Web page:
Corporate research today seems to have transcended being just a business endeavor—it’s really playing at the cultural level. Companies aren’t just interested in how products work, they’re interested in the bigger conditions that have to be satisfied for a product to work. What do you think is driving that kind of engagement?
Well, one thing that we know is that millennials, and the generation after millennials, are extremely interested in things like sustainability, equity, and social justice. And it’s not just a surface-level interest—they’re deeply invested. They want to make the world into a fundamentally different place than the place they were born into.
From a human perspective, it’s tremendously exciting to be able to look forward to that scale and level of change. But for businesses, it means that the approaches they’ve used in the past aren't going to cut it anymore. It's not enough to take the same cereal you've been selling for the last 20 years and put it in a recycled box. It’s not enough to sell a car that gets three or four percent better mileage. It's not enough to be a little bit better than you were in the past. People really want fundamental change.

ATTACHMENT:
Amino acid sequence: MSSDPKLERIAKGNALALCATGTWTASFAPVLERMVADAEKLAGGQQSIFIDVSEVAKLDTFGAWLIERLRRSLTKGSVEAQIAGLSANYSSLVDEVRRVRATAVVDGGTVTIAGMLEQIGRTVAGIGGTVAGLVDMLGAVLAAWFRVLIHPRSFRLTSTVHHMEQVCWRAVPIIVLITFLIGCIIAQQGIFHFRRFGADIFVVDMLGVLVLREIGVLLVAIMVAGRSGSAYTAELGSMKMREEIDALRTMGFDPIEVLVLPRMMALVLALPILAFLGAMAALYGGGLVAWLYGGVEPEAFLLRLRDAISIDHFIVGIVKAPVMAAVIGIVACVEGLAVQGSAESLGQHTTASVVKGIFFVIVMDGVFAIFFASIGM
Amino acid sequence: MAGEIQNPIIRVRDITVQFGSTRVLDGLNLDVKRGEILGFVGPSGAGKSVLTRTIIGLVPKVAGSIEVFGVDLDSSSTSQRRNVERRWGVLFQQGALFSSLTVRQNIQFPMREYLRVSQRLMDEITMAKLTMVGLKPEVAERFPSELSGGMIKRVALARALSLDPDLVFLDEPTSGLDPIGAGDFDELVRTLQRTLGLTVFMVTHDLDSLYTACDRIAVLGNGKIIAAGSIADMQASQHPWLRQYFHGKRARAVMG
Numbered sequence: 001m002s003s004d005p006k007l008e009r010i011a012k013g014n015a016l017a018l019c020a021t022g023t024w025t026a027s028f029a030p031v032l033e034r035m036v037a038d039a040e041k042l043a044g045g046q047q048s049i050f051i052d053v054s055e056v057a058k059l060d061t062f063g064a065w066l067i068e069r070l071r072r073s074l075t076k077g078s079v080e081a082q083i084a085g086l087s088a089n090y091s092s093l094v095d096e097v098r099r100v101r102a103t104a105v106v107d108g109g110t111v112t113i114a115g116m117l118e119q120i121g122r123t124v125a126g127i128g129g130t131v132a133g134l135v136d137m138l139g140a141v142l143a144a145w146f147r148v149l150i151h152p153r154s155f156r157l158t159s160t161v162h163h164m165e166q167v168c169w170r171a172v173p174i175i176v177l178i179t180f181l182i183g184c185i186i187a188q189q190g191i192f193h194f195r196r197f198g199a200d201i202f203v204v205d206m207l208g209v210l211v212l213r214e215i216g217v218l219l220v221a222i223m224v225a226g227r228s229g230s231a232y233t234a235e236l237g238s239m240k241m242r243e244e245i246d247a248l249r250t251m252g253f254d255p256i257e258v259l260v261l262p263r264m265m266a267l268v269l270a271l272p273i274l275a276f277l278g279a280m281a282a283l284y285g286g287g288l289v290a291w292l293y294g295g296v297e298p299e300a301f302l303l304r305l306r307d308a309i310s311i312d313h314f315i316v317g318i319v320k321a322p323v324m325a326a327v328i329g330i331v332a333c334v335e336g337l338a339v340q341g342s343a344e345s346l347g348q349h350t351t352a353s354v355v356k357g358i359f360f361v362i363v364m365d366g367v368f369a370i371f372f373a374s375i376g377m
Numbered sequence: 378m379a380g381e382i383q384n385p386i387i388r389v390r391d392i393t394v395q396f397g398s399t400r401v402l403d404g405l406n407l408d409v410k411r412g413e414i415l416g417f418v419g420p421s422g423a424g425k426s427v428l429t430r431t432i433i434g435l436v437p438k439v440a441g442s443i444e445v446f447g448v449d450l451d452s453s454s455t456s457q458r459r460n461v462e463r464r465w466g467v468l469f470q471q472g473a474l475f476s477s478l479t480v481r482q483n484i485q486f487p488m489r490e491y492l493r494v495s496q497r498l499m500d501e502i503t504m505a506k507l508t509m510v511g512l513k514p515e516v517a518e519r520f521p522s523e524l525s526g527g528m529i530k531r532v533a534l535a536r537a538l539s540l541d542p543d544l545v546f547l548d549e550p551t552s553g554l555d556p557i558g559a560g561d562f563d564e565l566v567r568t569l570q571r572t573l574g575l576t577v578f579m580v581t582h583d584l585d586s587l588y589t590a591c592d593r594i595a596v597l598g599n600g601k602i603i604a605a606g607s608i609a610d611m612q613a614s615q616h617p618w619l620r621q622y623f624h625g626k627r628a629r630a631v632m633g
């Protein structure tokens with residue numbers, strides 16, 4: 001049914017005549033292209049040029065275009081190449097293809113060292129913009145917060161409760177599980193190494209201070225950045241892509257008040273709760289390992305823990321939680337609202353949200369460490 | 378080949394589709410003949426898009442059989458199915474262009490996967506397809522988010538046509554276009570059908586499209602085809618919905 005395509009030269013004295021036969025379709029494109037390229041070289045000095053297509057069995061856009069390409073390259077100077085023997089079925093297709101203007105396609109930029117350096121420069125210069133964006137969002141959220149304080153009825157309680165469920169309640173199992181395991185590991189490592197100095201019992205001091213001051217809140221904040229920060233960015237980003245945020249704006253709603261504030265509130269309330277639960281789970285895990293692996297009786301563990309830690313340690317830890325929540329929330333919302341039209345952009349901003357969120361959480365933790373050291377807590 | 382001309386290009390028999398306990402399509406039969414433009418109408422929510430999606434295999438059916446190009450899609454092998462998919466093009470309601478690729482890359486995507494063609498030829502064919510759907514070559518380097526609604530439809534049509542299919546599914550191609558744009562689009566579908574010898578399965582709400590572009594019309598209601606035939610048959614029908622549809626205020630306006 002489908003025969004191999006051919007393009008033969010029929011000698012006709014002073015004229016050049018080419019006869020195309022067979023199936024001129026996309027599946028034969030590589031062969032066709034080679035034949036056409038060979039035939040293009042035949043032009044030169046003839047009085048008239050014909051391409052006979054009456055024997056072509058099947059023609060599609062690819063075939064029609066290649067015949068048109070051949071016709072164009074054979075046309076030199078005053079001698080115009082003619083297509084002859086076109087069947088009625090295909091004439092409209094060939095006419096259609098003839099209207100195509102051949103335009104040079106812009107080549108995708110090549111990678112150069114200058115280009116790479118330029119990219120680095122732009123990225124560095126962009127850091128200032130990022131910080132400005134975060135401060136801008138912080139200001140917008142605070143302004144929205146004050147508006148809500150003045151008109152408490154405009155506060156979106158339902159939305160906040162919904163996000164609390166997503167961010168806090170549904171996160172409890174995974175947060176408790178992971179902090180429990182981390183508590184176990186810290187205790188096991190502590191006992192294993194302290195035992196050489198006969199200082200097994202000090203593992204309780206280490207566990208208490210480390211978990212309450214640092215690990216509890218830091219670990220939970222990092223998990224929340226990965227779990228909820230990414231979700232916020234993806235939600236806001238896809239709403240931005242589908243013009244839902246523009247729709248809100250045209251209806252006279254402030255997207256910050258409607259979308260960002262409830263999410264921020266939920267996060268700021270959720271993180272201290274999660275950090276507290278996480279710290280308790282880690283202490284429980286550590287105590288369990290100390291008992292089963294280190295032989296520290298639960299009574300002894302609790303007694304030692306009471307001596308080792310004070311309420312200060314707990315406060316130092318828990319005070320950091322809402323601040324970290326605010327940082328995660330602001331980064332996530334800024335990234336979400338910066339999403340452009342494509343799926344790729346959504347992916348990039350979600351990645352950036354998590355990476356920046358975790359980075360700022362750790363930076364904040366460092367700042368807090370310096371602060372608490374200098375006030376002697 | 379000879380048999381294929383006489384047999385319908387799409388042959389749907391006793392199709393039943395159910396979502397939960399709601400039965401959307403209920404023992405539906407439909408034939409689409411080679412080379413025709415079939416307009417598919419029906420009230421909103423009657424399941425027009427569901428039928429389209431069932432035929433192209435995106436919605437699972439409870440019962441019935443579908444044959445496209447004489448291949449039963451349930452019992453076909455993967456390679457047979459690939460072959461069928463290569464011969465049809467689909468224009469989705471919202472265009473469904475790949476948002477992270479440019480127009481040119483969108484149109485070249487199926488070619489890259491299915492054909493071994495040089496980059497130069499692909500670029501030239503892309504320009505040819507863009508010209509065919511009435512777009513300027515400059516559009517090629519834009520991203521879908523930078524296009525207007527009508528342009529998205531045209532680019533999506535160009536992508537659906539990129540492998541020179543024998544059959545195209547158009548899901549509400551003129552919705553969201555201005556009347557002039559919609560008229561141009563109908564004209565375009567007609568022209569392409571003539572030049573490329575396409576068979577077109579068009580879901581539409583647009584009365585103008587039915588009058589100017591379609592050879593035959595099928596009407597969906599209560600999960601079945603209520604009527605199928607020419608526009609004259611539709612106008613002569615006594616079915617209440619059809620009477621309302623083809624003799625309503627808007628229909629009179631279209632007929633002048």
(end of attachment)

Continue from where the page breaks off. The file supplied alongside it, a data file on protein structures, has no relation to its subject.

That's sort of a double challenge for designers and for researchers, because not only do you have to imagine what the change might be, there’s also no right or wrong answer. There are a million different possibilities and trajectories and pathways. But at the same time, it’s an issue of culture change.